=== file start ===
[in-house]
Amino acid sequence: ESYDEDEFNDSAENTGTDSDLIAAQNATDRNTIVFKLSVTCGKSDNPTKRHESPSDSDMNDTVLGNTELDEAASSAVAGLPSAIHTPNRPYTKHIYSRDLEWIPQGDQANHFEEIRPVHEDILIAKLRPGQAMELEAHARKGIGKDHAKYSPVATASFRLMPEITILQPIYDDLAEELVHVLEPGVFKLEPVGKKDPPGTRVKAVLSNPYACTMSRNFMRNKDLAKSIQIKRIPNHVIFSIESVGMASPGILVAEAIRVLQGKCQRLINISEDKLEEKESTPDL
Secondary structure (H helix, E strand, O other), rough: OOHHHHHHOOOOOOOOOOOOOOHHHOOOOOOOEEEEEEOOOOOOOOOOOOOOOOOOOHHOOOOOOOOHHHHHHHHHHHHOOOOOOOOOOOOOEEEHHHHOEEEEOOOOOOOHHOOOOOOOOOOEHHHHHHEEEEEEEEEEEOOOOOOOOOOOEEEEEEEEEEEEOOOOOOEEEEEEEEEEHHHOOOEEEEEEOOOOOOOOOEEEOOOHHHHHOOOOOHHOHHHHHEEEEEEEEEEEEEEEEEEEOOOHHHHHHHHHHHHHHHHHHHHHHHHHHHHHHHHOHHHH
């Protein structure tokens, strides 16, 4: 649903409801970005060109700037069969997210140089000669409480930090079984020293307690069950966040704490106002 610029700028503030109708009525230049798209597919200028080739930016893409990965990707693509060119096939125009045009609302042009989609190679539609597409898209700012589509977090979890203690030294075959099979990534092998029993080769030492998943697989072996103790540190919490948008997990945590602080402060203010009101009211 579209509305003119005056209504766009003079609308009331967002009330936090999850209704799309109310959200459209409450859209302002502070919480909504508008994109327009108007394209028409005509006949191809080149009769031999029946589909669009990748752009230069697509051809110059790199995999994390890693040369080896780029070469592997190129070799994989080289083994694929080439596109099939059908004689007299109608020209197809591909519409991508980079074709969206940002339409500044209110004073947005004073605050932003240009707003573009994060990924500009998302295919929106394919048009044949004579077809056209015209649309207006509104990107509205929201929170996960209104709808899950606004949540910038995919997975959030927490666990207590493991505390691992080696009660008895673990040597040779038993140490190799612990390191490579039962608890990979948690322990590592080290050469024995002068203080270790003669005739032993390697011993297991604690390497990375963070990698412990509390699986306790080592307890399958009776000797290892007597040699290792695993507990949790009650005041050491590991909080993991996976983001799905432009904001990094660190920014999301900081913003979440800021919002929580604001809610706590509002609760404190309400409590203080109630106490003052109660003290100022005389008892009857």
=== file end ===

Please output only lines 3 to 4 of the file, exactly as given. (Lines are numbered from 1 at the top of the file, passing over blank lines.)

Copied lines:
Secondary structure (H helix, E strand, O other), rough: OOHHHHHHOOOOOOOOOOOOOOHHHOOOOOOOEEEEEEOOOOOOOOOOOOOOOOOOOHHOOOOOOOOHHHHHHHHHHHHOOOOOOOOOOOOOEEEHHHHOEEEEOOOOOOOHHOOOOOOOOOOEHHHHHHEEEEEEEEEEEOOOOOOOOOOOEEEEEEEEEEEEOOOOOOEEEEEEEEEEHHHOOOEEEEEEOOOOOOOOOEEEOOOHHHHHOOOOOHHOHHHHHEEEEEEEEEEEEEEEEEEEOOOHHHHHHHHHHHHHHHHHHHHHHHHHHHHHHHHOHHHH
């Protein structure tokens, strides 16, 4: 649903409801970005060109700037069969997210140089000669409480930090079984020293307690069950966040704490106002 610029700028503030109708009525230049798209597919200028080739930016893409990965990707693509060119096939125009045009609302042009989609190679539609597409898209700012589509977090979890203690030294075959099979990534092998029993080769030492998943697989072996103790540190919490948008997990945590602080402060203010009101009211 579209509305003119005056209504766009003079609308009331967002009330936090999850209704799309109310959200459209409450859209302002502070919480909504508008994109327009108007394209028409005509006949191809080149009769031999029946589909669009990748752009230069697509051809110059790199995999994390890693040369080896780029070469592997190129070799994989080289083994694929080439596109099939059908004689007299109608020209197809591909519409991508980079074709969206940002339409500044209110004073947005004073605050932003240009707003573009994060990924500009998302295919929106394919048009044949004579077809056209015209649309207006509104990107509205929201929170996960209104709808899950606004949540910038995919997975959030927490666990207590493991505390691992080696009660008895673990040597040779038993140490190799612990390191490579039962608890990979948690322990590592080290050469024995002068203080270790003669005739032993390697011993297991604690390497990375963070990698412990509390699986306790080592307890399958009776000797290892007597040699290792695993507990949790009650005041050491590991909080993991996976983001799905432009904001990094660190920014999301900081913003979440800021919002929580604001809610706590509002609760404190309400409590203080109630106490003052109660003290100022005389008892009857």